Looting and Destruction of Works of Art.

The museums of Nantes, Nancy, Old-Marseilles were looted.

Private collections of great value were stolen. In this way Raphaels, Vermeers, Van Dycks, and works of Rubens, Holbein, Rembrandt, Watteau, Boucher disappeared. Germany compelled France to deliver up "The Mystic Lamb" by Van Eyck, which Belgium had entrusted to her.

In Norway and other occupied countries decrees were made by which the property of many civilians, societies, etc., was confiscated An immense amount of property of every kind was plundered from France, Belgium, Norway, Holland, and Luxembourg.

As a result of the economic plundering of Belgium between 19 and 1944 the damage suffered amounted to 175 billions of Belgian francs.

2. Eastern Countries:

During the occupation of the Eastern Countries the German Government and the German High Command carried out, as a systematic policy, a continuous course of plunder and destruction including:

On the territory of the Soviet Union the Nazi conspirators destroyed or severely damaged 1,710 cities and more than 70,000 villages and hamlets, more than 6,000,000 buildings and made homeless about 25,000,000 persons.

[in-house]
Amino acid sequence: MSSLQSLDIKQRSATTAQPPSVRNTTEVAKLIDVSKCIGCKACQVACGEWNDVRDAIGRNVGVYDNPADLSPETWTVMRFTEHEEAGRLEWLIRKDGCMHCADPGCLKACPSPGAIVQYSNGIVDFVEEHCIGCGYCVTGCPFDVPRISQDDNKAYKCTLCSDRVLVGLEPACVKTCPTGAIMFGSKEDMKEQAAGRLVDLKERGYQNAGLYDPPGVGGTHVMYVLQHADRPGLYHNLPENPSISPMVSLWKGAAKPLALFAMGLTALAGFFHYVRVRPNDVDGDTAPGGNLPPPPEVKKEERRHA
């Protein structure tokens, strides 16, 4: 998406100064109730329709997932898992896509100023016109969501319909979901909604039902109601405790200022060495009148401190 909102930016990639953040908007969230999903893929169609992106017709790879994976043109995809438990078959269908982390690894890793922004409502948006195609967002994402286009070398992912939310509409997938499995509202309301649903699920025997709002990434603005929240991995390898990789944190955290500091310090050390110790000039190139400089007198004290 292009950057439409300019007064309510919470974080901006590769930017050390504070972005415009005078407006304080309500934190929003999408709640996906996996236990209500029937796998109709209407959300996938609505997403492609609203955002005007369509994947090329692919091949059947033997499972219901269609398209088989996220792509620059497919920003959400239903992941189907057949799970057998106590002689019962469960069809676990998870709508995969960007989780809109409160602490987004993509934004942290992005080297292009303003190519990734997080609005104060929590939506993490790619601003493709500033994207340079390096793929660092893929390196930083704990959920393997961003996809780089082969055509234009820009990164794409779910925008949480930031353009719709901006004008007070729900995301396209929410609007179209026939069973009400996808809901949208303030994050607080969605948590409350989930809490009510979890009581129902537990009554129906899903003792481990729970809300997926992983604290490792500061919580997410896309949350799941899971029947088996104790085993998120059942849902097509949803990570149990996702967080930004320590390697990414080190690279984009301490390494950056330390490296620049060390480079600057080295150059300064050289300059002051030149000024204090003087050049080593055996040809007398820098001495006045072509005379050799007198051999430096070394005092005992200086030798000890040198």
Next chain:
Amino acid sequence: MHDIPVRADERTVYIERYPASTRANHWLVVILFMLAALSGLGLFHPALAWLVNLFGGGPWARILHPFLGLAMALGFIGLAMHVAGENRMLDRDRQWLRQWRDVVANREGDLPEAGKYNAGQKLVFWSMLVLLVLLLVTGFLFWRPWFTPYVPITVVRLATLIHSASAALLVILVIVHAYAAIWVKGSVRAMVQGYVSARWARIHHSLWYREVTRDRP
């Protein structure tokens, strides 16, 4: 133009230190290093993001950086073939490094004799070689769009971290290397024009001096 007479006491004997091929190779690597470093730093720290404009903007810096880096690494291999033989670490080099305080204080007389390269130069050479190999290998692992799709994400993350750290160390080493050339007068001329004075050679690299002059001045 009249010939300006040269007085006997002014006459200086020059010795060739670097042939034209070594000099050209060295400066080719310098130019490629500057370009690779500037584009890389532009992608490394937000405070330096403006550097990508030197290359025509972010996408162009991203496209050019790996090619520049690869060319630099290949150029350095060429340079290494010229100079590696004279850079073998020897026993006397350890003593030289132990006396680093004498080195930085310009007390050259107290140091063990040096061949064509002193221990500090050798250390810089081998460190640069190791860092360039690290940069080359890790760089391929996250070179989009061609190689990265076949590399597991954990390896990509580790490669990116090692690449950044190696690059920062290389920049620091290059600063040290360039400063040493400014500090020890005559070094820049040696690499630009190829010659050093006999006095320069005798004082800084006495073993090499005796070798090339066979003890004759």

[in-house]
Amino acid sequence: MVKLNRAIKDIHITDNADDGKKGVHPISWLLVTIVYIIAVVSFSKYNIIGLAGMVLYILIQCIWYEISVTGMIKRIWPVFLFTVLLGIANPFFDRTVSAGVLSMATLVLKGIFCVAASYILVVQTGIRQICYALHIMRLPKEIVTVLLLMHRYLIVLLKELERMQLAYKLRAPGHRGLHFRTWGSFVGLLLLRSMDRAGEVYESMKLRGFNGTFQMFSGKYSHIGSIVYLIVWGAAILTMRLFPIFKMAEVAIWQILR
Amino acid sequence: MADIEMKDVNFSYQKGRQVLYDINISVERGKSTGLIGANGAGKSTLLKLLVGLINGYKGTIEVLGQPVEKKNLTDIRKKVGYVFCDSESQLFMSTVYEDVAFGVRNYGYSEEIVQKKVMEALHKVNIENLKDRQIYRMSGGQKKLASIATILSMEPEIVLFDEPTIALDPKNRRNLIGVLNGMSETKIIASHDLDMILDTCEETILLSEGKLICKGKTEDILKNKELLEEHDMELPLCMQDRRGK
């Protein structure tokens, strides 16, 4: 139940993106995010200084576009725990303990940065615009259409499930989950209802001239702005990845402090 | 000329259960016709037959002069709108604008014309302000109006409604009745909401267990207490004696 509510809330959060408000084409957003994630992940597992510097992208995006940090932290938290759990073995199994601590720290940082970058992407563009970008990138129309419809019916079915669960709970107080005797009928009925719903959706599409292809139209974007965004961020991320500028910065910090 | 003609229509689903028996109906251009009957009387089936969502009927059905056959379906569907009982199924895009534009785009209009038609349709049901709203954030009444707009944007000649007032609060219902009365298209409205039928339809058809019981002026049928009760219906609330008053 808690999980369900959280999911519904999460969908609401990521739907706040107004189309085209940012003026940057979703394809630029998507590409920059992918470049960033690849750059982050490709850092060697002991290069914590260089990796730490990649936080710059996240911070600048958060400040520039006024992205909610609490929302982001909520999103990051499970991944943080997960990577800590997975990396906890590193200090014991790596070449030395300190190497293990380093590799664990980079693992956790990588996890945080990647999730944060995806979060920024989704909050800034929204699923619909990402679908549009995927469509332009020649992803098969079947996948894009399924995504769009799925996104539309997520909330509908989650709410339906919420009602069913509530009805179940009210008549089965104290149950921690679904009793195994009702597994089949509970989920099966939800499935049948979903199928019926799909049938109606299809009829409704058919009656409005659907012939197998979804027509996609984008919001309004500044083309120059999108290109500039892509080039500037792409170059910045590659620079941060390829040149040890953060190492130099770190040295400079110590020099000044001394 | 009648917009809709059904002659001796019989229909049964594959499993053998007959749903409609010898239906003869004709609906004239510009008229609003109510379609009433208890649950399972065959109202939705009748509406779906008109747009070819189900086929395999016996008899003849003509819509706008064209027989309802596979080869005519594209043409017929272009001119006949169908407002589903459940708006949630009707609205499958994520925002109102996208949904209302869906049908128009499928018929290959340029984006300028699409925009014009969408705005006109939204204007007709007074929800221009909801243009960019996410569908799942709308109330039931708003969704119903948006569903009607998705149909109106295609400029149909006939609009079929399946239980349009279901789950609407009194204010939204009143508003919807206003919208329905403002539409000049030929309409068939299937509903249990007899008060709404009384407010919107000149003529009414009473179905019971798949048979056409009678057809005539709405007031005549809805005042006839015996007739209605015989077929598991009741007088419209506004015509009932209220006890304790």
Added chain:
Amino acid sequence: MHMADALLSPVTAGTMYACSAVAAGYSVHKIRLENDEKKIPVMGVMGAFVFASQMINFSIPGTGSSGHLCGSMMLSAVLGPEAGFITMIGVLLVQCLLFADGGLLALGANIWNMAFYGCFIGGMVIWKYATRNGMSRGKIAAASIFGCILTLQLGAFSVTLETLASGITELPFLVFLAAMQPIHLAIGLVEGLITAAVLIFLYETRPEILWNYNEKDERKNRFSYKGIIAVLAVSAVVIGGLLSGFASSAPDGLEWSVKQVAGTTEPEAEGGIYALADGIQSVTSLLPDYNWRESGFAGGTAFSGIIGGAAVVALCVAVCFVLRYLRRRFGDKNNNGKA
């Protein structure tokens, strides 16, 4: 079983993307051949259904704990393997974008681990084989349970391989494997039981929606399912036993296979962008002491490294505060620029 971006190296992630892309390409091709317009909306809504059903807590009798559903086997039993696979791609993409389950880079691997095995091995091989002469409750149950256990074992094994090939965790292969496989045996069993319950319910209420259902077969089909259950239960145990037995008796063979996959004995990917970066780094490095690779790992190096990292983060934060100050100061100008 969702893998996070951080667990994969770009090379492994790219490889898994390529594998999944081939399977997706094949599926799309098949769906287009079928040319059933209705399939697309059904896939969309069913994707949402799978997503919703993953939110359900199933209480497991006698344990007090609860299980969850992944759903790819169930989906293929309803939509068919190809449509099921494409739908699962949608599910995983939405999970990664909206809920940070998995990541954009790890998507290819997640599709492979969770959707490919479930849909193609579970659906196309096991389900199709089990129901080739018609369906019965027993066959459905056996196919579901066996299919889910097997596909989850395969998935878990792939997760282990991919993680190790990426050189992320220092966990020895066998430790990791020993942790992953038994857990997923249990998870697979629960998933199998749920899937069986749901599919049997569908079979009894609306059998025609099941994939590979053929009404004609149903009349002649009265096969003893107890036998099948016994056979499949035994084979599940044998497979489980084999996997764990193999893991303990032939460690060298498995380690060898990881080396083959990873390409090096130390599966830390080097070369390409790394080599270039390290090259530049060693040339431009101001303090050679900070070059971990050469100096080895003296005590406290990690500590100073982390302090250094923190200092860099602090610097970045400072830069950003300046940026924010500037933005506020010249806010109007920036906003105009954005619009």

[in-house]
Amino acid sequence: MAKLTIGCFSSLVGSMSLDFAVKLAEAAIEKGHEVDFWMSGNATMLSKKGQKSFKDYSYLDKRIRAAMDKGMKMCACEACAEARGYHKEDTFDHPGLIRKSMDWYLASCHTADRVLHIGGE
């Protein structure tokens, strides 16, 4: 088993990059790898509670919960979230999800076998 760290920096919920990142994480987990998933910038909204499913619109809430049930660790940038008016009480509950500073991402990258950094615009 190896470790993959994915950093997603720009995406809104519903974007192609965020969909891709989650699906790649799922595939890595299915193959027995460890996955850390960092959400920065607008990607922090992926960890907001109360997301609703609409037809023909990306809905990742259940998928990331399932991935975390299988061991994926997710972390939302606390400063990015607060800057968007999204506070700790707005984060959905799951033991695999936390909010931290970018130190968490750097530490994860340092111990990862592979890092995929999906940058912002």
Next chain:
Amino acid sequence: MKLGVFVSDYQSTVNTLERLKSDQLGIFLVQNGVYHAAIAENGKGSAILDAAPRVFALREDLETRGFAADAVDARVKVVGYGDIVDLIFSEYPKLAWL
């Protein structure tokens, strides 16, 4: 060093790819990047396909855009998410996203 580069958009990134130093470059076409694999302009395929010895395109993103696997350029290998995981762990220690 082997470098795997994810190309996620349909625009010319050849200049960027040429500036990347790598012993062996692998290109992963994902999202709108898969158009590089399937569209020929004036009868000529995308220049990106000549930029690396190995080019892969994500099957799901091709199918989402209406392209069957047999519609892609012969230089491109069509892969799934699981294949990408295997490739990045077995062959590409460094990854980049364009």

Among the cities which suffered most destruction are Stalingrad Sevastopol, Kiev, Minsk, Odessa, Smolensk, Novgorod, Pskov, Orel. Kharkov, Voronezh, Rostov-on-Don, Stalino, and Leningrad.

As is evident from an official memorandum of the German command, the Nazi conspirators planned the complete annihilation of entire Soviet cities. In a completely secret order of the Chief of the Naval Staff (Staff Ia No. 1601/41, dated 29. IX. 1941) addressed only to Staff officers, it was said:

"The Führer has decided to erase from the face of the earth St. Petersburg. The existence of this large city will have no further interest after Soviet Russia is destroyed. Finland has also said that the existence of this city on her new border is not desirable from her point of view. The original request of the Navy that docks, harbor, etc. necessary for the fleet be preserved-is known to the Supreme Commander of the Military Forces, but the basic principles of carrying out operations against St. Petersburg do not make it possible to satisfy this request.

"It is proposed to approach near to the city and to destroy it with the aid of an artillery barrage from weapons of different calibers and with long air attacks . . .

"The problem of the life of the population and the provisioning of them is a problem which cannot and must not be decided by us.